Venezuelans pour into Caracas streets in anti-Maduro protest
By Joshua Goodman
CARACAS — Thousands of opponents of President Nicolas Maduro poured into the streets of Caracas on Saturday as part of a weeklong protest movement that shows little sign of losing steam.
Just as the march was beginning, angry opposition members snatched a TV camera from crew members working for pro-government state broadcaster VTV, chasing them away from the crowd with shoves and insults.
The protesters included 26-year-old Victoria Paez, who sported a baseball cap from opposition candidate Henrique Capriles’ last run for the presidency, when he lost to Maduro by less than 250,000 votes.
“Every day, the government gives us more reasons to leave our homes and protest,” said Paez, who earns less than $20 a month as a chemical engineer. She said she’s thinking about joining a sister and scores of college friends who have left the South American country to seek a better future.
While she said she was hopeful the world is beginning to see there are injustices in Venezuela, her father, Carlos Paez, was more pessimistic. “Unfortunately, if there has to be bloodshed for the government to change, it won’t be the first time in history,” he said.
Past opposition demonstrations in Venezuela were sometimes planned weeks in advance to guarantee high turnout. But now the almost-daily churn of events in what’s being called the “ongoing coup” — the government’s alleged moves to accumulate more power — energized and united the normally fractious opposition leading up to Saturday’s march.
Authorities on Friday barred Capriles from seeking office for 15 years for administrative irregularities as governor of Miranda state, a move decried by his supporters and foreign governments as another step toward dictatorship. It followed last week’s decision by the Supreme Court to gut the opposition-controlled legislature of its last vestiges of power.
“Nobody can disqualify the Venezuelan people,” Capriles said from a stage in brief remarks before the demonstration began. When he called on protesters to march to the government’s ombudsman’s office, the crowd broke into a rendition of Venezuela’s national anthem and began marching toward downtown.
As is now customary, authorities had shut down the city’s subway in what’s widely seen as an attempt to discourage people from joining the protests, many of which have ended in scores of arrests, tear gas and rubber bullets. In another intimidation tactic, police also posted on social media mugshots of protesters taken undercover at recent demonstrations with a request for information about the whereabouts of the unidentified “generators of violence.”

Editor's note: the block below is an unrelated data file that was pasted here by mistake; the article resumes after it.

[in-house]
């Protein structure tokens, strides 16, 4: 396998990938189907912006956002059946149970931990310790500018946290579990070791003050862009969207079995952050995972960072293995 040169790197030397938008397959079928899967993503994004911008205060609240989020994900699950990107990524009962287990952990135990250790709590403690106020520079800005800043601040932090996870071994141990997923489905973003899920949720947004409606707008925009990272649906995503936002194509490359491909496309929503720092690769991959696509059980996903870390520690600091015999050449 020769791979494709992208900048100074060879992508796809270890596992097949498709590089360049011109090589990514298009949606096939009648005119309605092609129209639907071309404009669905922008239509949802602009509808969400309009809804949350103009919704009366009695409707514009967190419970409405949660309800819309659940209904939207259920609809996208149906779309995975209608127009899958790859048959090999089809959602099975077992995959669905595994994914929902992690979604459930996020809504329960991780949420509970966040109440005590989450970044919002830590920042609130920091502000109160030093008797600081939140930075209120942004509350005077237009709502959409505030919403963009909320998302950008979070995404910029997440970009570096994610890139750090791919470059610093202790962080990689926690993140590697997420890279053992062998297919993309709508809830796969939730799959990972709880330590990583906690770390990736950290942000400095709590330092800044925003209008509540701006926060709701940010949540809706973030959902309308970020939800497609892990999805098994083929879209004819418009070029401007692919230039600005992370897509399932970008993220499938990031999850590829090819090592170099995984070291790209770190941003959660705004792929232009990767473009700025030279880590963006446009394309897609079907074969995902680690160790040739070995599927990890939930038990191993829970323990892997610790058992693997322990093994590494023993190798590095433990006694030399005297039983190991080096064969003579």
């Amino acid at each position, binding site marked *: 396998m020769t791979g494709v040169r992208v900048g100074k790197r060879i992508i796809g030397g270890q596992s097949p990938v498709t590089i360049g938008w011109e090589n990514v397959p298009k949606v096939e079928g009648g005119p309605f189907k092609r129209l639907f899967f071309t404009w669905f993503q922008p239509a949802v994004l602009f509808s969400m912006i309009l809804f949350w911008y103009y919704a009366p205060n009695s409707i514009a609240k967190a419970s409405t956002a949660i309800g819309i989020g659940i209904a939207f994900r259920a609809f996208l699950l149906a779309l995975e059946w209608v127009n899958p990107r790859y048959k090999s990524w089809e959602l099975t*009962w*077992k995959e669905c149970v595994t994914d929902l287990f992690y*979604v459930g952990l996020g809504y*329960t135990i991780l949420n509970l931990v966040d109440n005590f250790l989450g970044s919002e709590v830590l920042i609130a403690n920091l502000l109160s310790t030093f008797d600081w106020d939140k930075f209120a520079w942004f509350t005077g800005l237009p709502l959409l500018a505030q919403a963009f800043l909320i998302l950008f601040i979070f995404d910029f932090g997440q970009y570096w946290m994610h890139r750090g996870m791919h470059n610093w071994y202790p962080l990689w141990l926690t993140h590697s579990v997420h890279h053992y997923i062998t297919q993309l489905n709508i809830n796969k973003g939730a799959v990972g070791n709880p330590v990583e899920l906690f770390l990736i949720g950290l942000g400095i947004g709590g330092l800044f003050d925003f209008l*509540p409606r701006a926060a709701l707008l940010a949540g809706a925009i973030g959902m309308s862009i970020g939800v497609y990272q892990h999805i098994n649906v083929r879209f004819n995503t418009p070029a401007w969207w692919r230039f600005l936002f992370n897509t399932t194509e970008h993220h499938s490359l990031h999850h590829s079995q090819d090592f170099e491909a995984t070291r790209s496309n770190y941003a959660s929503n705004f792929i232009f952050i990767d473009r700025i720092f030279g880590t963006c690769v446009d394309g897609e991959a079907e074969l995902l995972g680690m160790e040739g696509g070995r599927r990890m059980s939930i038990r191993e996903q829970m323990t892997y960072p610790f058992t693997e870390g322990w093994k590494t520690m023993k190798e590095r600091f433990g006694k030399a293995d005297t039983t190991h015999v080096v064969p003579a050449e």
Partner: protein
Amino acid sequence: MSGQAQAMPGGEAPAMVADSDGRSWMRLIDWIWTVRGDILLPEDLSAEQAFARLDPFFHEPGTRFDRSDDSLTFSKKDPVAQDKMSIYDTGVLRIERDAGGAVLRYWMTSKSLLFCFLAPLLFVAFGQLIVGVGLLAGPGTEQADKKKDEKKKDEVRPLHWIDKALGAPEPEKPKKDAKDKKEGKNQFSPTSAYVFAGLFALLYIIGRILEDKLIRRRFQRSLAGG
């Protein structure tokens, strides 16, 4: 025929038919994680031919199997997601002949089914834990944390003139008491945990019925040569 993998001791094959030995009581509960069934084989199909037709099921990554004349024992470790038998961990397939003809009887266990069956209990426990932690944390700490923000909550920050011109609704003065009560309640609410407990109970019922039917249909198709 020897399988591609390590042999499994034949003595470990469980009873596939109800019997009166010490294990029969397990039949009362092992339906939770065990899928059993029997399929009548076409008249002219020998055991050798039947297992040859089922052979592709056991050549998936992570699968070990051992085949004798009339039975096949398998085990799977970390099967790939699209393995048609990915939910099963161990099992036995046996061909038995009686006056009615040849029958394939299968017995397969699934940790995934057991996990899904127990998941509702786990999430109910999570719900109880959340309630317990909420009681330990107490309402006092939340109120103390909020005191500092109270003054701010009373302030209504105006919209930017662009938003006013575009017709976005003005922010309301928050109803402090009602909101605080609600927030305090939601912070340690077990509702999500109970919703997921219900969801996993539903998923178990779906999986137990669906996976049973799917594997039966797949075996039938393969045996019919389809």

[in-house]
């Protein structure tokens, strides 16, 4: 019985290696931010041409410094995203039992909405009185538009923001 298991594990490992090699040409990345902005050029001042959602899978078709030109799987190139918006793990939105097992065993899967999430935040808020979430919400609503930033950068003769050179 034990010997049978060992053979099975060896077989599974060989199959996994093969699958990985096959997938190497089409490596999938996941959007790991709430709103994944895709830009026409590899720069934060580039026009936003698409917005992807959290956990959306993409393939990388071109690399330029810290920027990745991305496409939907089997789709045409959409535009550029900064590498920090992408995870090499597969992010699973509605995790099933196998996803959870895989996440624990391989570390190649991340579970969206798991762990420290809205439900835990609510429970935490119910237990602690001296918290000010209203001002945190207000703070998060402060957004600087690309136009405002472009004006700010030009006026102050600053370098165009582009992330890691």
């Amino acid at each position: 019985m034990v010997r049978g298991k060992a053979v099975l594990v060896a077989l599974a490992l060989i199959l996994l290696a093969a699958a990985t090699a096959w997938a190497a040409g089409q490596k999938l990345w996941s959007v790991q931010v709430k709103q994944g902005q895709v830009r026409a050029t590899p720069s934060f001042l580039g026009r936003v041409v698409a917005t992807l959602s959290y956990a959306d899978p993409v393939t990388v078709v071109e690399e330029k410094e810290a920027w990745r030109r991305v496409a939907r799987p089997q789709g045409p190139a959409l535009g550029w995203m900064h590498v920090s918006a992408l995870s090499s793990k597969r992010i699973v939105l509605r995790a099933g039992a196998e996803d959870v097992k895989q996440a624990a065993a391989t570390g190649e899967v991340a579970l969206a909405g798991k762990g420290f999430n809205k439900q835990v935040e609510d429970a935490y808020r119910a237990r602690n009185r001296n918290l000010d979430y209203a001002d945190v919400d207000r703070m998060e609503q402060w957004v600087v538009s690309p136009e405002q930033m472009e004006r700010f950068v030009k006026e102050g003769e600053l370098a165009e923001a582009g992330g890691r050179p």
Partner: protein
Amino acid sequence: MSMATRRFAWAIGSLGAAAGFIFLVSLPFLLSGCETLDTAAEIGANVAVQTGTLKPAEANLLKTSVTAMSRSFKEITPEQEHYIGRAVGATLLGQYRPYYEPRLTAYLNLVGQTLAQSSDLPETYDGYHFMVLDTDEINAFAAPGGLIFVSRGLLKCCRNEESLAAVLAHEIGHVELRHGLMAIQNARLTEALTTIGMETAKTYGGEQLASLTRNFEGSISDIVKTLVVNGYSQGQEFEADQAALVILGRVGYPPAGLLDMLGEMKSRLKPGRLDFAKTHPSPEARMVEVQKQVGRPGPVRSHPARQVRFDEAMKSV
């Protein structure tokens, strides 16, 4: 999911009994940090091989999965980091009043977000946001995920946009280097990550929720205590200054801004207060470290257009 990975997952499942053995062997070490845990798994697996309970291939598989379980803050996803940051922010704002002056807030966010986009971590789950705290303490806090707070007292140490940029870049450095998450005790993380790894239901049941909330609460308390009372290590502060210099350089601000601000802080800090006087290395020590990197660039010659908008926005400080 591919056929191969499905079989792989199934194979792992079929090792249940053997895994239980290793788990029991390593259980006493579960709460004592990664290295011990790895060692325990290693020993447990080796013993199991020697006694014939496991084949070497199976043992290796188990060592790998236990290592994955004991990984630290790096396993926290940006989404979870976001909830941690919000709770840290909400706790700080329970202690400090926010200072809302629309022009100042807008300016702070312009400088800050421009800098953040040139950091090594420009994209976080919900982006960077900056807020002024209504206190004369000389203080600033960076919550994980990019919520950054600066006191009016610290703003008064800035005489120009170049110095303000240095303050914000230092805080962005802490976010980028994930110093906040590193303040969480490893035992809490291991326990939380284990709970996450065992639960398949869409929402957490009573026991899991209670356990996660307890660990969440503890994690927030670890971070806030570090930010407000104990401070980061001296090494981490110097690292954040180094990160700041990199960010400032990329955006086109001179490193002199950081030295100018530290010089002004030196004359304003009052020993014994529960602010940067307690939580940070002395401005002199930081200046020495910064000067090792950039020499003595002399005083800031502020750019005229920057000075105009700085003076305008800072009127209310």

As the most dominant figure in the opposition over the past decade, Capriles has been at the forefront of the protests, the most combative since a wave of anti-government unrest in 2014 that was blamed for dozens of deaths. On Friday, the two-time presidential candidate said the government’s order stripping him of his ability to run in future elections only strengthens his resolve to resist on the streets.
“When the dictatorship squeals, it’s a sign we’re advancing,” he said in a rousing speech surrounded by other leading opposition figures, many of whom themselves have been targeted. “The only one who is disqualified here is you, Nicolas Maduro.”
Leaders in the ruling socialist party have accused the opposition of trying to provoke a bloodbath and coup of its own. Maduro didn’t comment on the comptroller general’s order in an appearance late Friday on state TV, but urged his supporters not to be distracted by tough language coming from “Capriloca,” a play on the Spanish word for “crazy.”
“The right wing’s treason of our national interests is cause for indignation,” said Maduro.
The protest movement’s immediate goal appears to be forcing Maduro to call elections. Authorities last year cancelled an opposition campaign to force a recall referendum on Maduro and no date has yet been set for gubernatorial elections that were supposed to take place last year.
Together with jailed hardliner Leopoldo Lopez, Capriles is the most-popular opposition leader. With both seemingly out of the running, the government may be trying to manipulate the electoral playing field to leave the opposition with less viable options should the government bow to pressure and call presidential elections before they’re scheduled in 2018, analysts said.
“However, it is a risky strategy that will probably backfire,” Eurasia Group said in a report Friday. “The opposition is clearly fired up and this will further their cause.”
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